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Ah, the ‘squeezed middle’ reappears in a time of Brexit August 10, 2016

Posted by WorldbyStorm in Uncategorized.
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Cliff Taylor mentioned that elusive beast at the weekend in the Irish Times in the course of a piece that asked:

What is the cost of the bust to our annual income tax bills ? About €2,500 on average, if you want a quick answer – and a good bit more for most middle- to higher-income employees. That is the rough increase in the size of the average income tax bill since the crash. If we are wondering why consumer spending has been slow to take off and why confidence is volatile, maybe the answer is here

Well, if that cost is more for middle and higher income employees (by the by, revealing differentiation there between average and middle, no?) is that now how it should be? Still, he notes that in the last year things have eased somewhat.

The signs were that households were starting to get used to what you might call a “new normal”. They had some money to spend, even if it wasn’t as much, for most, as before the bust. They were also confident enough that growth was going to continue and that there was nothing on the horizon likely to hit their income levels.

And so this vital cog of economic recovery – consumer spending growth – was finally starting to turn.

Except that:

Recently, cause for caution has grown. Since the Brexit vote, there have been signs of slowing in growth in manufacturing and services, while consumer confidence has slipped, though not too rapidly yet. There was a fall-off in VAT and excise duty in the latest tax figures for July.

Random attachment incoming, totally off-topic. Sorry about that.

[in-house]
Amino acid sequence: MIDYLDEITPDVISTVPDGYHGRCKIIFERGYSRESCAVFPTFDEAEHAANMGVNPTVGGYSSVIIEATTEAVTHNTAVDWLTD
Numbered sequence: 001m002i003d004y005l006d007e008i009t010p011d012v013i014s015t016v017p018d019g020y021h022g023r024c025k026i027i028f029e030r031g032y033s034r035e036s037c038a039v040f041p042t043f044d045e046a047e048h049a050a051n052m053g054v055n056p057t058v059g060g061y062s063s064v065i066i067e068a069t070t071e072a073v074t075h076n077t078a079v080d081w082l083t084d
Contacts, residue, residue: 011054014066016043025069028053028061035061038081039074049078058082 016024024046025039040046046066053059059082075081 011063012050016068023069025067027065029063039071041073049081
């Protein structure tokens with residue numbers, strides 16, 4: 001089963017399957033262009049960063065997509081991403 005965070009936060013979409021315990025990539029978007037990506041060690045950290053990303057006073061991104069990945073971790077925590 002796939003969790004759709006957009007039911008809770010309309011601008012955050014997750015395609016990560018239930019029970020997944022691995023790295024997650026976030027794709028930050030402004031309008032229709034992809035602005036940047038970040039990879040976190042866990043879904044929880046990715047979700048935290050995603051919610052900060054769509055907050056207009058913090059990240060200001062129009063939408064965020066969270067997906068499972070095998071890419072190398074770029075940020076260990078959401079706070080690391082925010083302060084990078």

The economic signals from the UK are poor and a leading recruiter there said yesterday that the jobs market was in “free fall”. This is bound to have some impact here. Most forecasters have cut their predictions for growth here, particularly for next year, though most still expect reasonable growth of 3 per cent plus.

The points about Brexit tally with other commentators, including Larry Elliott in the Guardian, as  noted earlier. But the reality is there is no ‘new normal’. In this period of Brexit with all the uncertainties that that brings both in terms of the economy and political activity the idea that the status quo ante is going to return is simply untenable.

Comments»

1. Jemmyhope - August 10, 2016

“For most of those who are in the income tax net, the actual increase will be greater. That is because more than a third of those in work are on incomes low enough to ensure they pay no income tax. If you adjust for this, the average is closer to €3,500 for those who fall within the net.
This puts the paltry water charge in the shade.”

‘Paltry water charge’ me arse..taxation has to be fair and progressive. The water charge doesn’t take into account the economic circumstances and income of citizens and is an attack on low /middle income families and must be resisted. Water has been paid for by taxpayers through general taxation for generations. I’m sure Cliff doesn’t fall into the low paid category..this is aimed at the privileged well heeled middle/upper classes that Cliffy is writing for . Cheers

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